was studied forretinopathy, coronaropathy, amputations and cerebral stroke. Among type 1 diabetics, 97 %presented with one or more of these complications vs 84 % among type 2 diabetics. Thepercentage of patients with complications reached 91.4 % in OT although the majority ofthem were type 2 diabetics. Retinopathy was present in 71.7 % of the whole french diabeticRRT population and in 80 to 100 % of patients in the OT dialysis centers. A recent (<12 months) myocardial infarction (MI) was present in 2.7 % of the patients, and a notrecent (> 12 months) one in 14.7 % of them. Cerebral stroke was present in 12.3 % ofthe whole diabetic RRT population, without any influence of the geographic region (from11.5 to 14.1 %). The mean prevalence of amputations was 17.6 % in the whole diabetic RRTpopulation, from 5.9 % in one mainland dialysis center to 37 % of the patients in someothers (overseas territories). A large majority (81.4 %) of diabetics in RRT had 1 or 2other diabetic complications.

The origin of the ESRD

- was considered as a diabetic nephropathy in91.3 % of type 1 and in 57.5 % of type 2 RRT diabetics. The main other causes supposedlyresponsible for ESRD in type 2 RRT diabetics were: chronic vascular nephropathy in 12.4 %,interstitial and tubular nephropathy in 6.6 %, and different other diseases(glomerulonephritis, polycystic kidney disease) in 13.2 %.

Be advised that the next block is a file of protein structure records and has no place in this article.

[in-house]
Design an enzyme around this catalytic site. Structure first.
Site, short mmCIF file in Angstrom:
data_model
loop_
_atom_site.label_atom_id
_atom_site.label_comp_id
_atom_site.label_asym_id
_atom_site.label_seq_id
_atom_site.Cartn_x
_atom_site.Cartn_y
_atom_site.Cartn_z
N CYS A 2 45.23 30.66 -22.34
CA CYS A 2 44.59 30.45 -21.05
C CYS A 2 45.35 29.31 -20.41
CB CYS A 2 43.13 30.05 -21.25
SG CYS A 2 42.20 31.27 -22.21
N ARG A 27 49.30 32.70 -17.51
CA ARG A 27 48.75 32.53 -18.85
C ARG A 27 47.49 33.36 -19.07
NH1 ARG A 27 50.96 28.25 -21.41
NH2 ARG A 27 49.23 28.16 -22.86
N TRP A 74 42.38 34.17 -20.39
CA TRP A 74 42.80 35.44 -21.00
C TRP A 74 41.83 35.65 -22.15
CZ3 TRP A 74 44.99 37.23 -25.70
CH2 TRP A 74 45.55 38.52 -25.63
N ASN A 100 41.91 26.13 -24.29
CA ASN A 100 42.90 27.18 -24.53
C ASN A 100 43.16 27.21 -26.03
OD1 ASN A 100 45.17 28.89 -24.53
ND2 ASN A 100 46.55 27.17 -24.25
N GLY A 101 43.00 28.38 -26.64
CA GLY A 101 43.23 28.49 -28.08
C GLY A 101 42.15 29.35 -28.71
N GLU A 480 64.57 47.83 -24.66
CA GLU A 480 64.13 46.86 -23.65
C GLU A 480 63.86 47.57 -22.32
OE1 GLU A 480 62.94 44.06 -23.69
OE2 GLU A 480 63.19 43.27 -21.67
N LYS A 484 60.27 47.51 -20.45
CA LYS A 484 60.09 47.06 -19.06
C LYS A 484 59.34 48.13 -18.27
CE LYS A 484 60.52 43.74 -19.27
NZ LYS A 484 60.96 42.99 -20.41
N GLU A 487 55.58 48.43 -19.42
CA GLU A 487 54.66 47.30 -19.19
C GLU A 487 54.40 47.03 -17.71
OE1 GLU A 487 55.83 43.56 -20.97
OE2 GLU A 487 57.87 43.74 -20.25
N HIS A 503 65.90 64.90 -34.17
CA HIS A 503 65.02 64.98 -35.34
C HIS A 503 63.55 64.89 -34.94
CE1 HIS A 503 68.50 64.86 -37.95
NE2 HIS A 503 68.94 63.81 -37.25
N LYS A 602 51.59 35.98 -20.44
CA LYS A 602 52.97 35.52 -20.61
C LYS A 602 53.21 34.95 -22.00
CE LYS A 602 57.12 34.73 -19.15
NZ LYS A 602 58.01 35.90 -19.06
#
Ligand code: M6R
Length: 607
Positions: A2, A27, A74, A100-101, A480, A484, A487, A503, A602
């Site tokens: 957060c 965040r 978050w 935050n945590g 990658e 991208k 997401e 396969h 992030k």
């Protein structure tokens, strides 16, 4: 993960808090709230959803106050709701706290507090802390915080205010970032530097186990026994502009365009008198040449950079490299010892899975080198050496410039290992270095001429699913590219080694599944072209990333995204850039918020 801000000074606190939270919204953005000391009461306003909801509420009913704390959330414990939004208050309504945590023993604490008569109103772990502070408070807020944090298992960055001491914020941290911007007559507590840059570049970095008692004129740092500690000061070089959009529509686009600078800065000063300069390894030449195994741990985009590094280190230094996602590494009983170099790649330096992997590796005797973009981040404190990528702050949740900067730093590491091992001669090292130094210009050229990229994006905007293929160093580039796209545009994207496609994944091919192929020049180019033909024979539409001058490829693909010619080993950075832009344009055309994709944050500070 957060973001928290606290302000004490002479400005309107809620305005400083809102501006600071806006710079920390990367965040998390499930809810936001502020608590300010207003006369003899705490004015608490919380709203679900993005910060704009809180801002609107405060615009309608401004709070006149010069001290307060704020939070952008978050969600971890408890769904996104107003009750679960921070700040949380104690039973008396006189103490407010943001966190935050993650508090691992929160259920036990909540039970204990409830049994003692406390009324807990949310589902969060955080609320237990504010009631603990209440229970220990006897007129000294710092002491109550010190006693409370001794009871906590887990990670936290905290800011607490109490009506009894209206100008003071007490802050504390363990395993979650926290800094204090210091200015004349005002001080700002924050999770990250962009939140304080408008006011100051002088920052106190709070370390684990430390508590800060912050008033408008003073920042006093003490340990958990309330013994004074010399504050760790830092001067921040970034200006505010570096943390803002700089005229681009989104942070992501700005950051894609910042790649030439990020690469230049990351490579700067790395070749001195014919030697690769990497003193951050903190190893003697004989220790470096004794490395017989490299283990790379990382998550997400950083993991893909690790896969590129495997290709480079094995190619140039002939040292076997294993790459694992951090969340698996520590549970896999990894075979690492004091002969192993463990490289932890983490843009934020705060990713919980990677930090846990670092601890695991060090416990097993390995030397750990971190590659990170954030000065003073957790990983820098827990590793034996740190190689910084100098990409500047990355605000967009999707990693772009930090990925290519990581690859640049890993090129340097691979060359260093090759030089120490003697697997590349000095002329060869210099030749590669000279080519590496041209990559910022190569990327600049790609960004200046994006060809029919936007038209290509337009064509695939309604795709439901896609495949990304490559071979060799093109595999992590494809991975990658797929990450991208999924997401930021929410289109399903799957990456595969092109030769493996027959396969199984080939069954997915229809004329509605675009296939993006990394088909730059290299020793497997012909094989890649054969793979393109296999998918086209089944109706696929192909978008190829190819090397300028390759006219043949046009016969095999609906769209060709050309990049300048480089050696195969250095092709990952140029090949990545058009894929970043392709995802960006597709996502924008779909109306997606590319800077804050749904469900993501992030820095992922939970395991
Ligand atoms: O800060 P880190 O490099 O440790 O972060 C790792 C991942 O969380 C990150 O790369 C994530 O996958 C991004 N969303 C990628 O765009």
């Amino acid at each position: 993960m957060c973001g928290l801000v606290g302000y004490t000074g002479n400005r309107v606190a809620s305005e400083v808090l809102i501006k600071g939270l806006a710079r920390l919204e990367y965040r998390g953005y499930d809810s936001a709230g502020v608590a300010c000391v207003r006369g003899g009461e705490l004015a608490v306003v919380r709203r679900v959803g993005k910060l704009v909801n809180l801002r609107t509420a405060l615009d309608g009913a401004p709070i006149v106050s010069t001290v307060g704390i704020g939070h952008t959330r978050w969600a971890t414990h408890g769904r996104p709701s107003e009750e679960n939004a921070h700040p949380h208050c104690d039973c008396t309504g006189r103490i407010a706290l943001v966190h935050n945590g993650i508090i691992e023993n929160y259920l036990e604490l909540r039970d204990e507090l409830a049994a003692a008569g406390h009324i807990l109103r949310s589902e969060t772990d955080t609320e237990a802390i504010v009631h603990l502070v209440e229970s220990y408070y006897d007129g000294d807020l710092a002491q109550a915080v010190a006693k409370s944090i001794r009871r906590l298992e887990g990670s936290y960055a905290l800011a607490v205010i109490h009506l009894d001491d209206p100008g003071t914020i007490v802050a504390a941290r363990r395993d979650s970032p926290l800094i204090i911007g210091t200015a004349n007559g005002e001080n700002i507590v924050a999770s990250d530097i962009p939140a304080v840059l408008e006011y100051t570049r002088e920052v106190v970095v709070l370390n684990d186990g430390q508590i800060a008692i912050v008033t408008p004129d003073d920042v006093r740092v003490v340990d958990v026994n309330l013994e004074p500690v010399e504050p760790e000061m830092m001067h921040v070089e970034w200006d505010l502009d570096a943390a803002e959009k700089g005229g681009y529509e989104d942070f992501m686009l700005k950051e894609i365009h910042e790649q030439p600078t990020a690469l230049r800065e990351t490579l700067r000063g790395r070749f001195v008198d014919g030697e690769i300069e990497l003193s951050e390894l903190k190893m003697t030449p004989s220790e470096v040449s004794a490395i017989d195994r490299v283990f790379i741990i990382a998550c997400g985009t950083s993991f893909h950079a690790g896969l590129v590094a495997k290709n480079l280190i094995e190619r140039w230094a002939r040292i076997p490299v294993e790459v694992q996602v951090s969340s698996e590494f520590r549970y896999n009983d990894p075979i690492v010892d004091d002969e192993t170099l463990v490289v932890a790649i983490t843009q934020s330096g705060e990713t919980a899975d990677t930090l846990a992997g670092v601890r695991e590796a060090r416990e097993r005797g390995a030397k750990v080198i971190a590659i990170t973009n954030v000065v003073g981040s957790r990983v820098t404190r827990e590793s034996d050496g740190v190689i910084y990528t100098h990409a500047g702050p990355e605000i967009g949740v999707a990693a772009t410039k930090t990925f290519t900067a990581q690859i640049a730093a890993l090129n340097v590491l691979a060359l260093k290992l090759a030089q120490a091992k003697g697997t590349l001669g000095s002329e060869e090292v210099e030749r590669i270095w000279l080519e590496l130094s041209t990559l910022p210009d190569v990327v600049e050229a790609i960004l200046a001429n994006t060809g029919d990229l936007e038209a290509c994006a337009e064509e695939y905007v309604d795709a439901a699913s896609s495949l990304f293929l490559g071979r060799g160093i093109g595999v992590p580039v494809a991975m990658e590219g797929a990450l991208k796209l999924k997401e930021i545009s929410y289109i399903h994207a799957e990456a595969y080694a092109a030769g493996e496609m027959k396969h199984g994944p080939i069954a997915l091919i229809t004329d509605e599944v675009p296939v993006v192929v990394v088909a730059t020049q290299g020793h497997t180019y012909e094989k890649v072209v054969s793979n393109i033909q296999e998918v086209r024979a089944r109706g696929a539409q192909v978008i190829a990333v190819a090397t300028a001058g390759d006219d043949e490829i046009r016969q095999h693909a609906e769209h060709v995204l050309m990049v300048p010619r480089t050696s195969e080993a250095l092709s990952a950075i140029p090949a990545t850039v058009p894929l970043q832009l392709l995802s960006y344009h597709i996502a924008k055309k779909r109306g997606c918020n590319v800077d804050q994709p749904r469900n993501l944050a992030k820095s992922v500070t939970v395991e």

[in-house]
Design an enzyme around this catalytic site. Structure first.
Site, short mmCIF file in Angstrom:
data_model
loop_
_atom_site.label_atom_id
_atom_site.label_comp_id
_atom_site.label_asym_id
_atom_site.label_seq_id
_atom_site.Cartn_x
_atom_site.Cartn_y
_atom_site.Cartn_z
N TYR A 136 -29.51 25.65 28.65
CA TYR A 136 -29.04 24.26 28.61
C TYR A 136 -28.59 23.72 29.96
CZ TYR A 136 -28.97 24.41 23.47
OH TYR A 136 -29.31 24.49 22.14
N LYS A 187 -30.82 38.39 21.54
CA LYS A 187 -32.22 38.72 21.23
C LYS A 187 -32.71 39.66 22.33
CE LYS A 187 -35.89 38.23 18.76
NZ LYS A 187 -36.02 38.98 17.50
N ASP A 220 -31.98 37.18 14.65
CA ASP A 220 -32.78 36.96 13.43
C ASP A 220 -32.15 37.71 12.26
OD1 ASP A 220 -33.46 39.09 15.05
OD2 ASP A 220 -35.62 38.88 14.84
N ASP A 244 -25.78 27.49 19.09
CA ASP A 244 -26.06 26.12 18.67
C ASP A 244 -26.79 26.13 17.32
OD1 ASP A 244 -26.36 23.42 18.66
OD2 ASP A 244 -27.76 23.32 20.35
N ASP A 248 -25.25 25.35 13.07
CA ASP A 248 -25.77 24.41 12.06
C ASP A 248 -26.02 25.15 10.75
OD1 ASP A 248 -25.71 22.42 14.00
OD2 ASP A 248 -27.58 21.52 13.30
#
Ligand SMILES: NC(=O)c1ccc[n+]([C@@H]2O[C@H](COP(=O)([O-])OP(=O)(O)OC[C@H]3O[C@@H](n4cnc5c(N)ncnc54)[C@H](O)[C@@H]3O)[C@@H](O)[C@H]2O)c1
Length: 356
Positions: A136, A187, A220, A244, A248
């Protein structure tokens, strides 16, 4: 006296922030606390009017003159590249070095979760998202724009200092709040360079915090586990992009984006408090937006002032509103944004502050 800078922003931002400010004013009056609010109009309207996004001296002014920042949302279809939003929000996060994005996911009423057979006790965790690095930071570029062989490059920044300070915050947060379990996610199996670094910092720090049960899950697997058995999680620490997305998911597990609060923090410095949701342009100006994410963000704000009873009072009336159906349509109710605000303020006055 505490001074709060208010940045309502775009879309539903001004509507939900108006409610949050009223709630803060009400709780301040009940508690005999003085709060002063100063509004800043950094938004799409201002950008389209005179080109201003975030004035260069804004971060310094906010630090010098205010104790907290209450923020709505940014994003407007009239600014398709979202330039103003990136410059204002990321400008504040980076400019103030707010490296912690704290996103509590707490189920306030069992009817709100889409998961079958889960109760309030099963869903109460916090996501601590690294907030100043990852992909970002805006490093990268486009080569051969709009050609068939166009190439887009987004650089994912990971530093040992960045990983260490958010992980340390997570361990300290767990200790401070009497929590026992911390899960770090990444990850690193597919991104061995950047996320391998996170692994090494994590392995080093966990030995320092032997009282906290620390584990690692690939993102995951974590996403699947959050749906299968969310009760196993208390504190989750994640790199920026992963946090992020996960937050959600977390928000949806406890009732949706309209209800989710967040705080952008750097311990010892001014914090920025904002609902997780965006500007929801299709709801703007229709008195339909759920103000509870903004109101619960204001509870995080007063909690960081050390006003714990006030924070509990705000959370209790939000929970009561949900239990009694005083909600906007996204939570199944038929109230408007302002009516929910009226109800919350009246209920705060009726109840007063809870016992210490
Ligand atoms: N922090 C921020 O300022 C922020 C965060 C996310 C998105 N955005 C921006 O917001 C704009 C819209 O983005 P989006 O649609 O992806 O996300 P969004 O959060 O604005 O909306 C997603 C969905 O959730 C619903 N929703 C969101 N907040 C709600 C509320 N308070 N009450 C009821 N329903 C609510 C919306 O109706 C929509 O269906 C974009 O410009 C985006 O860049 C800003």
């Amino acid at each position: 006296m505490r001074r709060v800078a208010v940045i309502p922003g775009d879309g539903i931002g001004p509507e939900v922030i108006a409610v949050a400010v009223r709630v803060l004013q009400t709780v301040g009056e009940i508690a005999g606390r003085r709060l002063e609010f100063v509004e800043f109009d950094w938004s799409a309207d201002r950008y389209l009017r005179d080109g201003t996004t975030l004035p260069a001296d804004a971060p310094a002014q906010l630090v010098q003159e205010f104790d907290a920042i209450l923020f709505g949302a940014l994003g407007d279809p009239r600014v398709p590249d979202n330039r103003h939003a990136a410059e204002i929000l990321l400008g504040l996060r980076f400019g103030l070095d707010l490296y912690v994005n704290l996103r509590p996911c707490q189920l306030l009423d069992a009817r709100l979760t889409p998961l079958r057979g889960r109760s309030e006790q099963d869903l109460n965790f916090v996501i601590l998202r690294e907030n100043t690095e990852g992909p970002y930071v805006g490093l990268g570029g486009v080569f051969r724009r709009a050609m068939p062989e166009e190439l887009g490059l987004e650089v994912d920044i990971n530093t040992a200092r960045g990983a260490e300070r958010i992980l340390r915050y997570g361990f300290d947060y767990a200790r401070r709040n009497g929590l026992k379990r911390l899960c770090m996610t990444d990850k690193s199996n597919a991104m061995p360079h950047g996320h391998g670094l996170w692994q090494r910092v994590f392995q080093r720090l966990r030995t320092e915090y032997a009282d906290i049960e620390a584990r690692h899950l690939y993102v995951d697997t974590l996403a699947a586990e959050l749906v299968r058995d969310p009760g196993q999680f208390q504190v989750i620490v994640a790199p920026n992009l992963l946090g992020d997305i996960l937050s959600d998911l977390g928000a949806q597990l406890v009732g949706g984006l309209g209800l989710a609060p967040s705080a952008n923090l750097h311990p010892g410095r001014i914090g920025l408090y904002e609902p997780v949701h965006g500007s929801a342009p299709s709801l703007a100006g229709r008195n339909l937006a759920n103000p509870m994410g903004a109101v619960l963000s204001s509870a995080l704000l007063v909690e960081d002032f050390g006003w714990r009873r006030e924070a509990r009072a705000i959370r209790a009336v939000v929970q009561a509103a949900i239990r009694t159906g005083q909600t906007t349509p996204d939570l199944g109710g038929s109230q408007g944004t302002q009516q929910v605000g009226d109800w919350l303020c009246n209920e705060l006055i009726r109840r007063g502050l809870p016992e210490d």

Geographic distribution of the diabetics in RRT

- in mainland France (Fig. 1)

. Among the 22administrative regions of our country, a North-South gradient was observed in this study.In 80 % of dialysis centers located in the north-east (N-E) of France, the prevalence ofdiabetics exceeded 16 % (16.34 to 17.94 %), in 75 % located in the south-west (S-W) ofFrance this prevalence was lower than 13 % (8.22 to 12.78 %). However there were someexceptions, as a low prevalence (11.8 %) in Lorraine (N-E). This could be explained by alow survival rate in RRT, the incidence being 16.74 % in this region. By contrast, ahigher incidence (21.93 %) in Midi-Pyrénées (S-W) was also found. No gradient wasobserved for the geographical distribution of type 1 diabetics in RRT. A North-Southgradient was found for the type 2 diabetes in RRT that was mainly explained when the placeof birth of the patients was taken into consideration. This was confirmed when the placeof birth of the parents (the father, or the mother or both parents) was taken intoaccount. Dialysis centers situated in Paris area showed a special distribution for theorigin of the parents of the diabetic patients in RRT due to the large number of migratingpatients coming from other regions, OT or foreign countries.

The duration on RRT

- in the whole population ranged between 1 to 4years for 72 % of the prevalent diabetic patients, 5 to 7 years for 17.4 % and over 7years for 10.6 %.

Modalities of Renal Replacement Therapy (RRT)

- hemodialysis (HD) wasused by 70.2 % of type 1 and 75.8 % of type 2 diabetics in RRT. Self hemodialysis and homedialysis was used by 8.9 %. Peritoneal dialysis (PD) was used by 13.6 % of diabetics.

DISCUSSION